Of all the tragic stories arising from the April 20 massacre at Colorado’s Columbine High School, perhaps the most heartrending was that of Cassie Bernall, 17. Asked by one of the teenage gunmen whether she believed in God, she was said to have replied firmly, “Yes,” before he shot her to death. So resonant was the tale—leading her mother to write a bestselling biography of Cassie—that it began to assume the power of myth.
Now it appears it may have been just that. Jefferson County sheriff’s investigators and several witnesses say Cassie never exchanged those words with her killer and that it was Valeen Schnurr, 18, survivor of multiple gunshot wounds, whom the gunman had confronted. More to the point, investigators say they told Cassie’s parents, Misty and Brad Bernall, before publication of the book She Said Yes: The Unlikely Martyrdom of Cassie Bernall, that there were questions about Cassie’s last moments. “There seems to be a lot of discrepancy from some of the witnesses,” says Steve Davis, spokesman for the sheriff’s department, “regarding whether that conversation [between Bernall and the shooter] took place.”
Emily Wyant, 16, was two feet from Cassie that morning, hiding under a table in the Columbine library, when the killers walked in. Within weeks of the shooting, she told FBI investigators that Cassie had been praying aloud, crying, “Dear God, dear God, why is this happening?” when the gunman slapped the table, said, “Peekaboo!” and shot her. Though disturbed that the popular version of the story was at odds with her recollection, Emily chose not to correct it publicly, says her mother, Cindie. “We said, ‘Emily, let it rest because it’s a good memory for [Cassie’s] family,’ ” says Cindie, who reports that they met with Cassie’s parents a month after the shootings.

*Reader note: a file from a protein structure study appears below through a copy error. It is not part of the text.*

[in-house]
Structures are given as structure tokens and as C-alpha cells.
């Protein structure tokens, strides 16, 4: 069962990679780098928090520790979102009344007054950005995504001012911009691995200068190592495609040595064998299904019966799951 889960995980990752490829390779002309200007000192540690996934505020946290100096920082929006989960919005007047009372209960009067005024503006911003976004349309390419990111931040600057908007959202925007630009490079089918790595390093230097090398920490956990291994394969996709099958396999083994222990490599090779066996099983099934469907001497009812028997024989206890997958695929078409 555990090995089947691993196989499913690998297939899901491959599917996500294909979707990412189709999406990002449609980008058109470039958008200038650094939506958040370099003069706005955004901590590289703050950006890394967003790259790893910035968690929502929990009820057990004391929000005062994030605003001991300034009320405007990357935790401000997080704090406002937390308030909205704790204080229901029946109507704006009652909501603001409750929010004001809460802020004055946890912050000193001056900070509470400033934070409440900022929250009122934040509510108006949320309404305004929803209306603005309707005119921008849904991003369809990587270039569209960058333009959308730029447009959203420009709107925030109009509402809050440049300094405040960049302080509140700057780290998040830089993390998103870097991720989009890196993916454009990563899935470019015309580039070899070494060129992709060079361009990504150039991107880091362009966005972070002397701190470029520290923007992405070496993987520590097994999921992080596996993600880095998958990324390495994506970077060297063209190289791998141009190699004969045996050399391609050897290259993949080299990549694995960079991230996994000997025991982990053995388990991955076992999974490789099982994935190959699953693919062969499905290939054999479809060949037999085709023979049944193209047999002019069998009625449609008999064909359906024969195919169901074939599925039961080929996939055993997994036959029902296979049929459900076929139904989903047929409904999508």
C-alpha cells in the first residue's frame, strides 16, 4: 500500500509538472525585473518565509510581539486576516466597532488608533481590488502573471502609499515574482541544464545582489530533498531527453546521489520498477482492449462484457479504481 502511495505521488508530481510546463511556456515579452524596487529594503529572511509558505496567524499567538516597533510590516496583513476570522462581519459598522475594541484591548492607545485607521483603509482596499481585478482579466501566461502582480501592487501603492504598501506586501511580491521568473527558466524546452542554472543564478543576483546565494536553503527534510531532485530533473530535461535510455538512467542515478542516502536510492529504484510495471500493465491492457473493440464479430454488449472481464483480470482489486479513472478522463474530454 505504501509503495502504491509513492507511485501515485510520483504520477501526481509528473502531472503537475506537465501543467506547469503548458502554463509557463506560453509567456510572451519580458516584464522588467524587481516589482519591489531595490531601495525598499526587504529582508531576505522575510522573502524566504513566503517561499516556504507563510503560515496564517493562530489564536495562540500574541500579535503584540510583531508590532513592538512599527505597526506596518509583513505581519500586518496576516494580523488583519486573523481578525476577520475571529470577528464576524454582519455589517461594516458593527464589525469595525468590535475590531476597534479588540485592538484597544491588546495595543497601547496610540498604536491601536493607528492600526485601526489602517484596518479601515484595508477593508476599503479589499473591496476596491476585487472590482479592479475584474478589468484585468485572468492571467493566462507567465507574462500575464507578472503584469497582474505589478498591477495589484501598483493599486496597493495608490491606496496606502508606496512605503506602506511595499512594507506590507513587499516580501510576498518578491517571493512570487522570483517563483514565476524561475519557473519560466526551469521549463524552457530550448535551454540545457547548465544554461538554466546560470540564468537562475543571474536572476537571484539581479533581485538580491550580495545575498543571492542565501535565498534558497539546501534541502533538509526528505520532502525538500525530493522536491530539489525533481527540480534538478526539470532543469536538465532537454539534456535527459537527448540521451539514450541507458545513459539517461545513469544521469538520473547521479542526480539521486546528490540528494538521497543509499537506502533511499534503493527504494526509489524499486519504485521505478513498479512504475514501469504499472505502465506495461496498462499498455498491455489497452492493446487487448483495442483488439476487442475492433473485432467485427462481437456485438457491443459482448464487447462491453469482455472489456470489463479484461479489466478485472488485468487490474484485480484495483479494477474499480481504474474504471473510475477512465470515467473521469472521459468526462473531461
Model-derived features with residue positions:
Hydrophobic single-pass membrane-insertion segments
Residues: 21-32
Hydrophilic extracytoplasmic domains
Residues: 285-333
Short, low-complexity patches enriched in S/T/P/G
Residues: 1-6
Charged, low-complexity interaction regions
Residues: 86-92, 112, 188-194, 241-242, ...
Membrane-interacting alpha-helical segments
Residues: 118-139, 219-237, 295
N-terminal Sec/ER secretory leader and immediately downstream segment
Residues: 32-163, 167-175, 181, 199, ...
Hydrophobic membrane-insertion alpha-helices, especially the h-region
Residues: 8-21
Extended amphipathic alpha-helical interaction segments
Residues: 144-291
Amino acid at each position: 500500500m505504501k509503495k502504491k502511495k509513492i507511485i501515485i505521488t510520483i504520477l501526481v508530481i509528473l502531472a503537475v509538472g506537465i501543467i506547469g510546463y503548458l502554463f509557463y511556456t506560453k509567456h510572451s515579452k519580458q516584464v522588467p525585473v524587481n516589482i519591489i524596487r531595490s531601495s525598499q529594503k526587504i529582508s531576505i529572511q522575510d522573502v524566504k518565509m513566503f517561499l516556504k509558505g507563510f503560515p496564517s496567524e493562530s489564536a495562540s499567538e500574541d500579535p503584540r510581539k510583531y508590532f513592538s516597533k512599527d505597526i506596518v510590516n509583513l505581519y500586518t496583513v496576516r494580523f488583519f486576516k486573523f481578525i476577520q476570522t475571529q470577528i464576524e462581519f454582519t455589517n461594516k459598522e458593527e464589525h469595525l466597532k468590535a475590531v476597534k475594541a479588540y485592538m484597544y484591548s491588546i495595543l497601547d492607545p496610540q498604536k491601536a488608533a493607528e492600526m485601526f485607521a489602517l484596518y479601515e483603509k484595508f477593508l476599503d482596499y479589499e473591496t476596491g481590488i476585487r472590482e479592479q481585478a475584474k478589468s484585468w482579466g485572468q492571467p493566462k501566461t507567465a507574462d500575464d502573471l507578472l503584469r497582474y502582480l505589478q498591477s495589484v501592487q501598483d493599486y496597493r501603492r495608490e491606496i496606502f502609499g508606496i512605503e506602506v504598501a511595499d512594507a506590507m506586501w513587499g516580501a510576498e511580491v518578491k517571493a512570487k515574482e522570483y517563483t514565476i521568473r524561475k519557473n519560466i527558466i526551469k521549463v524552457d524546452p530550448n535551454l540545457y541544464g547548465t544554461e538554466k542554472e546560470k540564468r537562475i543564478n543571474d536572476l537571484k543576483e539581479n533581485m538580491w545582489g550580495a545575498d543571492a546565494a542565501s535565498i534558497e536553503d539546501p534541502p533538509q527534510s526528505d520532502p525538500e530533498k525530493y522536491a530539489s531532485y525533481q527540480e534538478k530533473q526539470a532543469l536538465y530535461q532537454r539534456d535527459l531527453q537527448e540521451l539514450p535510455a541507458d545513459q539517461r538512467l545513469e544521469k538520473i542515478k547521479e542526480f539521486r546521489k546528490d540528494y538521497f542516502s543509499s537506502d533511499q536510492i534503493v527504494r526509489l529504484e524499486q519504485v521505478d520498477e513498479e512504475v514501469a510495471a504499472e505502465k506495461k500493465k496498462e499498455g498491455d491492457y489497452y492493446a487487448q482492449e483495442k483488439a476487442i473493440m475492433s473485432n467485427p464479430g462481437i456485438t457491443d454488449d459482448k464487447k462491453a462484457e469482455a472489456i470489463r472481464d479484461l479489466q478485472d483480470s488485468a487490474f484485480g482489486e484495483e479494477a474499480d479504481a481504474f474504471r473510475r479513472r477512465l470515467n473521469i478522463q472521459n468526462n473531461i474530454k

Valeen Schnurr, too, had kept quiet. On the day of the shooting she had been studying with four friends when a teacher ran into the library to warn everyone to take cover. A moment later, Valeen was hit in the side by a hail of 34 shotgun pellets. “I said, ‘Oh, God, oh, God, don’t let me die!’ ” she says today, adding that the shooter was standing an arm’s length away. “He asked me, ‘Do you believe in God?’ and I said, ‘Yes.’ There was a pause, and he asked, ‘Why?’ And I said, ‘Because I believe and because my parents brought me up that way.’ ” Then, as the gunmen reloaded, she slipped under a table and avoided further injury.
Schnurr spent six days in the hospital, later underwent two operations to remove more pellets and has had several sessions of plastic surgery for the physical scars. Emotionally, she says of the shooting, “I don’t go a day not thinking about it.” Still, she and her family had no intention of disputing the story about Cassie Bernall until details from the investigators’ report first became public in the online magazine Salon last month. “I didn’t want to hurt anybody,” says her father, Mark, 43, a certified public accountant.
Misty Bernall, 38, says that when investigators told her and Brad some five weeks after the rampage that there were conflicting accounts of their daughter’s final moments, they halted work on their book to reinterview several witnesses. Investigators told them, adds Brad, 45, that “the bottom line is that we’ll never know for sure.” Chris Zimmerman, who edited the book for the nonprofit Plough Publishing (the family is directing most of the profits to a foundation in Cassie’s memory), says that the real emphasis of the book is not Cassie’s death but how she went from being a rebellious teen to leading a more fulfilling life. “People are buying the book because it shatters the media-fed legend of Cassie Bernall as Joan of Arc,” he says. “In a broader, deeper sense, Cassie is saying yes to life throughout [the book] and no to the temptations that beset adolescent girls.”
The sheriff’s final report is due by early next year. Meanwhile, “it’s not a matter of who said what,” says Shari Schnurr, 38, Valeen’s mother. “The most important thing is the faith that all of these kids showed. The positives of what came out of something so terrible is what we have to focus on.”
Vickie Bane in Jefferson County